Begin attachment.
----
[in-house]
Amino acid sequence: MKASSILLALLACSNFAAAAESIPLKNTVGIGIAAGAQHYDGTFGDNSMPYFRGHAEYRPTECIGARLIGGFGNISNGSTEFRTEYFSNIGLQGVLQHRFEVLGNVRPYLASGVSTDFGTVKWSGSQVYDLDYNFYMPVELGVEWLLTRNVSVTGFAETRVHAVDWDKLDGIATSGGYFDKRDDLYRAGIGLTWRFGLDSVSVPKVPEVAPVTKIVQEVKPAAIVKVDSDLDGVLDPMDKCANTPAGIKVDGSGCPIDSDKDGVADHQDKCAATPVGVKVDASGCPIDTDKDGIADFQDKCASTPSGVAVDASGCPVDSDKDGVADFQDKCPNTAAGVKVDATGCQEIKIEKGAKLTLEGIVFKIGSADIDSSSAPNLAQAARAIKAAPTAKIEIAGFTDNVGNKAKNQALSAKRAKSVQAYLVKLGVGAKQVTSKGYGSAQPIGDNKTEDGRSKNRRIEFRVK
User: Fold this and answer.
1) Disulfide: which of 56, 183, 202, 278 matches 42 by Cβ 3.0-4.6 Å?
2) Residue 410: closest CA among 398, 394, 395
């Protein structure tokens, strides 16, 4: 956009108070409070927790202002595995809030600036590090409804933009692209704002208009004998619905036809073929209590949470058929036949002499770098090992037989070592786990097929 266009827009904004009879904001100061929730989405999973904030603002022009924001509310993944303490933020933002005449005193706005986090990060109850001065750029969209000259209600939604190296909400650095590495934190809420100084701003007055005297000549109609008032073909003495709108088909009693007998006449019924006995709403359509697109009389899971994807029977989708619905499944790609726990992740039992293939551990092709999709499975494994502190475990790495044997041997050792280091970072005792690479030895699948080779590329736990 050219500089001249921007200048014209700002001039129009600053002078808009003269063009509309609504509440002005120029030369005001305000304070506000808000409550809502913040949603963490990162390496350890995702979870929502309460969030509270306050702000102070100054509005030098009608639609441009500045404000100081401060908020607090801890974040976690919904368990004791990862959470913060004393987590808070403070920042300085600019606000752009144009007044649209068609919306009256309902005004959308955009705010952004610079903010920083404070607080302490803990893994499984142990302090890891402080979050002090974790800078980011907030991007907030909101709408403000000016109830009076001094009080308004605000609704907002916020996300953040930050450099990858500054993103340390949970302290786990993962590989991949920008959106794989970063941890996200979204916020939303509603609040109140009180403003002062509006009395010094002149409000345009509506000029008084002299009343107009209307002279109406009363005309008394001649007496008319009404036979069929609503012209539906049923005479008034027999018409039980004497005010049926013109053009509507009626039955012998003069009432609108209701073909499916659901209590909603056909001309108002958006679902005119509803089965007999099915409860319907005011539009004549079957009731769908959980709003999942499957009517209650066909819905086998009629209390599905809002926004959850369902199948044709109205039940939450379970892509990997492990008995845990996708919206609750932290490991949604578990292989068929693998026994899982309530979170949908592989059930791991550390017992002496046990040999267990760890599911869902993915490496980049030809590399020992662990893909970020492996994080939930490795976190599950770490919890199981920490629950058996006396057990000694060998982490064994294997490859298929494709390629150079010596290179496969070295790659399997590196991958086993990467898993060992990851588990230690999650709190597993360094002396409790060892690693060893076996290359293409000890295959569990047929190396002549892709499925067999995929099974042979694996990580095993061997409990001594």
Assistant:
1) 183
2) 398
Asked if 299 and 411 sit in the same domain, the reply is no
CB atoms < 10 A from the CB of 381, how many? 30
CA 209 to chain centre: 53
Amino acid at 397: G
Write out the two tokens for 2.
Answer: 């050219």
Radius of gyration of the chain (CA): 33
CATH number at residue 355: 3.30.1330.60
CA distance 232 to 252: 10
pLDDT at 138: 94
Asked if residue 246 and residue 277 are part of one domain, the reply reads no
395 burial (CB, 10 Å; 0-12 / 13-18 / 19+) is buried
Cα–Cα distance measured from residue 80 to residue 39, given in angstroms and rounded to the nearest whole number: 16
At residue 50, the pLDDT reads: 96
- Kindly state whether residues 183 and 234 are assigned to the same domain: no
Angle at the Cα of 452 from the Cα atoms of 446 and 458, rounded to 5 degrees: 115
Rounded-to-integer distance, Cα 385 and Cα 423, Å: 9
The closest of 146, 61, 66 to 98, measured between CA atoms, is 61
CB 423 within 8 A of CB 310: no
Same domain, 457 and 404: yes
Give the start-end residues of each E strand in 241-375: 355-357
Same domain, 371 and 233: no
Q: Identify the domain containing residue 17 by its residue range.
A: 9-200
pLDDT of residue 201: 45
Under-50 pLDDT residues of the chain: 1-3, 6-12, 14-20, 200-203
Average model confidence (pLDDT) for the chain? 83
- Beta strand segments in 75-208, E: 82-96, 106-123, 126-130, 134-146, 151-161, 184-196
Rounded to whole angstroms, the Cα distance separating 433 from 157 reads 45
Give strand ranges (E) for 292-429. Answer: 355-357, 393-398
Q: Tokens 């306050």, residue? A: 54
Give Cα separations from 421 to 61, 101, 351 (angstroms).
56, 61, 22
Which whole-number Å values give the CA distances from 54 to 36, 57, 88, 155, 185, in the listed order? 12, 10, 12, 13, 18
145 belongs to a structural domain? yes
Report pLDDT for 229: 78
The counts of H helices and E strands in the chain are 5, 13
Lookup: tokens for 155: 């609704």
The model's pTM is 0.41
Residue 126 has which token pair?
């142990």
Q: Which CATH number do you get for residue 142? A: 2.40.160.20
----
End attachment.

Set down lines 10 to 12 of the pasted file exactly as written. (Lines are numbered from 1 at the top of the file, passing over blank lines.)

Asked if 299 and 411 sit in the same domain, the reply is no
CB atoms < 10 A from the CB of 381, how many? 30
CA 209 to chain centre: 53